Clarke highlights some of Hans Christian Andersen’s orientalism in the tale by portraying the Emperor as effete and self involved. He is portrayed with head tilted upward, the centre of attention. He has one arm on his hip and his other hand touching his chest. He poses for all of the other ostentatiously dressed officials, all of whom have focused their entire attention on him.

All of the members of the court portrayed in the image are dressed in long, flowing robes with elaborate patterns. Clarke accentuates Andersen’s interest in courtly artificiality by bringing attention to the Emperor’s closed eyes and his assumption that everyone will be looking at him. By centering the Emperor in the image and portraying the rest of the court on the fringe, with most of the courtly figures only partially exposed in the image.

Harry Clarke lived from 1889 to 1931 and was born in Dublin. His first printed work was a set of illustrations of Hans Christian Andersen’s Fairy Tales in 1916. In addition to illustrations, Clarke designed stained glass.



Renáta Fučíková


Renáta Fučíková portrays the Emperor surrounded by his own images. He has two mirrors, illustrating his self-obsession and vanity. This Emperor stares at his own image, bending his neck seductively, lidding his eyes, and pursing his lips. This is a narcissistic Emperor who is in love with his own image, excited about his nudity.

Whereas earlier images of the Emperor depicted him with underwear or a dressing gown, Fučíková portrays him in the full nude. Like Clarke’s illustration, Fučíková’s Emperor wears his crown and his staff.

This Emperor is portrayed in the midst of having his invisible clothing displayed and altered by the tailors. One of the tailors holds up the invisible garment for the Emperor to observe even though the Emperor is entirely uninterested in the garment, looking at himself.

Portraying the Emperor’s bedclothes on the floor around his feet mirrors the image of nude models rather than representing an image of someone who is trying on new clothes.

Despite the fact that these tailors are portrayed as lazy liars, these men are performing an excess of work. They are illustrating a counter artificiality to the performance of wealth. Their performance is one of work, a purview that is generally ascribed to the working class. Fučíková portrays a dual narrative of performance in this image, portraying the performance of ostentatiousness by the wealthy and the performance of work by workers.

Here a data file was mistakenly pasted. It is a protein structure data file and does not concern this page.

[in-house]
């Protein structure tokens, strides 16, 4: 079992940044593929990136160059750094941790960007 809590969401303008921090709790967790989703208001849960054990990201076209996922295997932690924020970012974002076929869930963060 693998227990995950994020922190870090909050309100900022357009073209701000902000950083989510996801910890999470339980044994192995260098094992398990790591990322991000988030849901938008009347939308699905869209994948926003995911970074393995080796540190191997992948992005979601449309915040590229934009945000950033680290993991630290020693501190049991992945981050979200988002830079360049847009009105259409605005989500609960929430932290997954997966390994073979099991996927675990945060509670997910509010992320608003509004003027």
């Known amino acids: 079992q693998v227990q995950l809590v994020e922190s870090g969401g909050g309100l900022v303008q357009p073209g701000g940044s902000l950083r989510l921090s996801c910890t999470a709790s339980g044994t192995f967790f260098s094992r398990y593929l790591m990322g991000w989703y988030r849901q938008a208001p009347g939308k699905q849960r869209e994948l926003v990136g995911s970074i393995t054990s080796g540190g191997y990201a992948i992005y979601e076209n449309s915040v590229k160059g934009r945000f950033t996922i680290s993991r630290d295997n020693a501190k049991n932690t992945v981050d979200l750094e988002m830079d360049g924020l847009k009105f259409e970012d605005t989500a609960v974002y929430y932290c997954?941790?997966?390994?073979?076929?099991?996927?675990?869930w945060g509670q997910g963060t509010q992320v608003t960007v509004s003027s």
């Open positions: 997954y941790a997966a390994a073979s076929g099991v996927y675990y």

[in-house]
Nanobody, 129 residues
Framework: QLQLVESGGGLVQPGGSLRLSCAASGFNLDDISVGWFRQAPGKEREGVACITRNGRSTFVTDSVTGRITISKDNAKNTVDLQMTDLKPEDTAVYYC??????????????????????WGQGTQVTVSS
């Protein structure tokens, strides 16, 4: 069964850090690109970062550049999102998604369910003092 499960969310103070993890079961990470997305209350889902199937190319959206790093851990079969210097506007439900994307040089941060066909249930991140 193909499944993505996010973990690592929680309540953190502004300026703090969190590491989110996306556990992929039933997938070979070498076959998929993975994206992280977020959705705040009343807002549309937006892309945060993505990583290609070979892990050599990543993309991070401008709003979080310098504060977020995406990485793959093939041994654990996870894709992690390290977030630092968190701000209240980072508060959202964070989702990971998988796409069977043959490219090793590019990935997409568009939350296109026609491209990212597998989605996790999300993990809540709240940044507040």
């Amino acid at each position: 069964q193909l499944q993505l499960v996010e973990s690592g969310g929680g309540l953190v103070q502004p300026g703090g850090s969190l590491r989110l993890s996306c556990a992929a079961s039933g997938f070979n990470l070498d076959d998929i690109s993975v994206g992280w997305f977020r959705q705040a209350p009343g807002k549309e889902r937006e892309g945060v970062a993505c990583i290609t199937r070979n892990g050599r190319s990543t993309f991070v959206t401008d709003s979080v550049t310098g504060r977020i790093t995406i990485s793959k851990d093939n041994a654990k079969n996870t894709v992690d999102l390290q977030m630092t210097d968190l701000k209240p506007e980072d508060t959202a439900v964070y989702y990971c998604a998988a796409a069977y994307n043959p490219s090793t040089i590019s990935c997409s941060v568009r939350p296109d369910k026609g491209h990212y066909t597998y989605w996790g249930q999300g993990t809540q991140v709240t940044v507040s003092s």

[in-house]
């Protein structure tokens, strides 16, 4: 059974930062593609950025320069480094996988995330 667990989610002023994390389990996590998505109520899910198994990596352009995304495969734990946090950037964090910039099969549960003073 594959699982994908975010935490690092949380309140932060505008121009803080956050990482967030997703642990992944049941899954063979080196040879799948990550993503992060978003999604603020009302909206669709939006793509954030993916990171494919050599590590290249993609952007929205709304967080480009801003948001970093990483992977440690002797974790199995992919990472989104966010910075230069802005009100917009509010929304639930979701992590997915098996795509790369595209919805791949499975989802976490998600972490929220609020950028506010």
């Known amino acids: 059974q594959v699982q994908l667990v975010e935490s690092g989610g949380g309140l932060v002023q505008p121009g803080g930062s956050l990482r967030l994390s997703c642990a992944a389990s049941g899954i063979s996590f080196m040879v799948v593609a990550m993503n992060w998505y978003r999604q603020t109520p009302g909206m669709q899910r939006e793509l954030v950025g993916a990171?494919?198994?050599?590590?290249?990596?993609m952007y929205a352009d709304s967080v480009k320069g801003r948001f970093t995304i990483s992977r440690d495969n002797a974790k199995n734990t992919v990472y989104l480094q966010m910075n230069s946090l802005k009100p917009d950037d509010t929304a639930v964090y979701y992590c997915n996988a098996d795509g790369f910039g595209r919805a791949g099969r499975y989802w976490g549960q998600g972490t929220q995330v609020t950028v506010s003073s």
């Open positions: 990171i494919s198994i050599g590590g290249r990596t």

Renáta Fučíková graduated from the Academy of Arts, Architecture and Design in Prague during 1988. She has illustrated works from The Brothers Grimm (in 1993) and The Tales of Hans Christian Andersen (in 1994).



Angela Rizza


Angela Rizza’s illustration of The Emperor’s New Clothes provides the viewer with the Emperor’s own image of himself, using a mirror to allow us to see the way the Emperor imagines himself to appear. The emperor is portrayed in his underwear, a crown, and a staff. He is portrayed with underwear that have hearts on them, illustrating some of his self love. The image he sees is of an emperor in full regalia. Rizza does what other authors don’t by showing us the way the Emperor sees himself, giving physicality to the invisible.

Rizza’s Emperor is portrayed in a large, open room with few objects other than a floor-to-ceiling mirror. The focus is on his own reflection. This mirror is portrayed with leonine imagery, playing with the notion that the lion is the king of animals. The lion portrayed at the top of the mirror stares back at the Emperor, making certain that all of the eyes in the room are on him.

Angela Rizza is an American artist who shows her work on the website Deviant Art at


Barbara C. Freeman


Barbara C. Freeman’s illustration of The Emperor’s New Clothes illustrates the Emperor processing. He is illustrated in the nude with emphasis upon his golden crown, staff, and orb illustrated by the nimbus surrounding each of the gold items. The Emperor’s nude lower body is cleverly cloaked by the literal cloak of a courtier standing in front of him.

This Emperor is surrounded by ostentatiously dressed courtiers with wigs and the peasants are portrayed in the background, standing on the staircase. There is a literal wall between the two classes, though the peasants are literally elevated in this image, standing above the royals by standing on the staircase.

Directly above the Emperor is the child who points out the Emperor’s nudity. This child is portrayed with her accusatory finger pointing at the Emperor while her father rests his hands on her shoulders.

Barbara C. Freeman lived From 1906 until 1999 and was an English illustrator.


Sakimichan’s Gender-Swopped Fairy Tale Creations

If you are interested in some inspiration about gender play in fairy tales, check out this discussion of the art work of Canadian artist Sakimichan.

Through The Twisted Woods

By Derek Newman-Stille

Sakimichan is a Canadian artist who, among other things, creates beautiful gender-swopped fairy tale figures. We had a chance to meet briefly at Fan Expo Canada a few years ago. I had encountered her work before on Deviant Art and was impressed with her ability to challenge the firm gendered ideas of Fairy Tales produced by Disney.

Sakimichan challenges gendered boundaries and produces new ideas by swopping the genders of different characters.



This gender swopped Maleficent features the classic Maleficent horns and triangular collar from Disney’s Sleeping Beauty creation but this male Maleficent combines armour into his outfit.

He has a vampiric quality to his appearance with pointed canine teeth, pointed ears and yellow eyes. He has a tattered cloak and a kinky quality to his look with studded wrist bands and a studded collar and belt.

Sakimichan provides a classic “booby window” that is often…